Brothers and sisters,
Over the last few days, I’ve been reflecting on some of the things we talked about this past Sunday. In particular, I’ve thought about the way Saul’s armor constrained David, the way it prevented him from moving. Ultimately, David cast the armor aside because he knew it would prevent him from being faithful. It would hinder his ability to serve God. And it reminded me of a story from my time as a waiter.
After undergrad, I took some time off from school before heading to seminary. During that time, I worked for a few months as a waiter at Logan’s Roadhouse in Goldsboro, my hometown. The job was good and the people I worked with were fun and interesting. And, honestly, most of the time the customers were fun and interesting as well — though a few tables I served still stick out in my mind. One of them in particular came in during a weekday lunch rush. The party consisted of four men and I quickly recognized what I was looking at. Three of the men had badges on their shirt pockets from the local mental hospital. One man didn’t and I could tell by the way the other three were interacting with him that he was either a patient or someone they knew who lived with mental illness (I’ll call him Harry).
That, in and of itself, was not all that unusual. What struck me about these four men was the way they so clearly cared about each other. When they sat at my table, one of the men, I’ll call him Joe, sat directly beside Harry, wrapped his arm around him, and said, “Alright man, isn’t this special? We’re here at Logan’s! What sounds good to you?” With that, Joe began to read the entire menu to his friend and describe everything to him. Harry was mostly non-verbal, but it didn’t matter. His friends understood him. As those two worked through the menu, one of the other guys (Frank) ordered for himself and Joe. The fourth man (Tommy) was busy getting silverware allocated and making sure everything on the table was just right.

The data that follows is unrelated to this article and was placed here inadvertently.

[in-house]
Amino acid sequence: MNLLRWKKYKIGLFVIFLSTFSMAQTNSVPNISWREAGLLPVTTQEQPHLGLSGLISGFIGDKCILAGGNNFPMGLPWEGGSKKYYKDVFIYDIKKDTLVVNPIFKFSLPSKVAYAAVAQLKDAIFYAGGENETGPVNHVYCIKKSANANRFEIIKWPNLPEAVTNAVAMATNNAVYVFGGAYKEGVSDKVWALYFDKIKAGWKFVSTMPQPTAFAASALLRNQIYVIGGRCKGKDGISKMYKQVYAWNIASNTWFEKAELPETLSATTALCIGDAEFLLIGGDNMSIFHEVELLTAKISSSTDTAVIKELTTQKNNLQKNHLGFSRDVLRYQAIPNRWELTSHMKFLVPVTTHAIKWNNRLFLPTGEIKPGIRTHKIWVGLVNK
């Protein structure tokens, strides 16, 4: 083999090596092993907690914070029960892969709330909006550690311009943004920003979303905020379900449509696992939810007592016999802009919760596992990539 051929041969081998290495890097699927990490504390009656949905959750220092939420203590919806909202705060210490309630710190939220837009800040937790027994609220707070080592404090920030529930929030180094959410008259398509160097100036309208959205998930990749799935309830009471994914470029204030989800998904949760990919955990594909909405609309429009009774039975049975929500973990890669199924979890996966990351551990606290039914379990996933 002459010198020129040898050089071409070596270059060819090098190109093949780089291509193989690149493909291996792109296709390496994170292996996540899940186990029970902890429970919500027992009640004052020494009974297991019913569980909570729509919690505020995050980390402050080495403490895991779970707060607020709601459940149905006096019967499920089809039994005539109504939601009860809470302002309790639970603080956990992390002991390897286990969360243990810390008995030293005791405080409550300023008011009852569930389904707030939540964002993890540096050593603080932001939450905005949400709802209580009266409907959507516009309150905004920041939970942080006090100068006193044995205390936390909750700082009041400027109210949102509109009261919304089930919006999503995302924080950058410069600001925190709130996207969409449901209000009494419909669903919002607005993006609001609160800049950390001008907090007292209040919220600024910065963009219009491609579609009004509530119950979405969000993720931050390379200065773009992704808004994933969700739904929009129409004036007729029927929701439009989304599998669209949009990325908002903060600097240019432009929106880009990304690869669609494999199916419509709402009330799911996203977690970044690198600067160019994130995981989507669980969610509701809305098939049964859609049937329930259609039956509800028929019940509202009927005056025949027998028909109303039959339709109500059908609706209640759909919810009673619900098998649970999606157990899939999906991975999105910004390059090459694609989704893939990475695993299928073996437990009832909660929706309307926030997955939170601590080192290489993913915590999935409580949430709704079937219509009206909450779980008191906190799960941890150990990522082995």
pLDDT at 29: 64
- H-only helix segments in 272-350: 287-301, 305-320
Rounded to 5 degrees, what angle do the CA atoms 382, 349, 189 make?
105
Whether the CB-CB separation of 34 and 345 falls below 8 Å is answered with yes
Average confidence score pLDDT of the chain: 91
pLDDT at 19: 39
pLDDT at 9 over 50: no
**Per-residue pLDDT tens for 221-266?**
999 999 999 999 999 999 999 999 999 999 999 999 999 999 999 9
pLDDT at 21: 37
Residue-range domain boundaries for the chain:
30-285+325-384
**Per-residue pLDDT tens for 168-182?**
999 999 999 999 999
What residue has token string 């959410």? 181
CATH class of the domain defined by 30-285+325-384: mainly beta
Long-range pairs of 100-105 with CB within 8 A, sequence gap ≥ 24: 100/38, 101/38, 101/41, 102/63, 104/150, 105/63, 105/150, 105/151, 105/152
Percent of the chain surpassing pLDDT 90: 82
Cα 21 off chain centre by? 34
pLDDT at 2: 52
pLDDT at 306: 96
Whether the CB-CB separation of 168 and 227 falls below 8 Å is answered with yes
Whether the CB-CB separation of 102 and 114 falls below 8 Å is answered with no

Eventually, I got everyone’s order, put it in to the kitchen, and brought the food out to them. The whole time, all four were carrying on a conversation and having a great time. When the food hit the table, the three workers set into helping each other. Joe kept talking with Harry, hyping up his food, and cutting Harry’s chicken tenders and fries up so he could eat them easily. He asked for a side of barbecue sauce, Harry’s favorite, and I quickly got some for him. While that was happening, Tommy immediately started eating so he could be done in time to switch out with Joe, and Frank was cutting up Joe’s steak so he could eat it quickly after he switched out. All of this happened without a word of coordination between them. They had done this before. They knew how to care for each other. When Harry’s food came and he danced, they all danced. When Harry wanted to speak, they listened. When Joe, Frank, or Tommy spoke, Harry would listen too. And when they each needed help from each other, help came without hesitation.
Saul’s armor, that worldly armor, con-strained David and did not allow him to move. David understood that the only thing he needed to carry with him was the grace of God. In a similar way, those four men wore no worldly armor. No pride. No anger. No impatience. No vanity. Instead, they were clothed in love and mercy, respect and dignity, joy and humility. I think about those four guys a lot because I am convinced that on that day, in a Logan’s Roadhouse, I caught a glimpse of the kingdom of God. May we all seek to clothe ourselves in God’s grace.
Grace and peace to you all,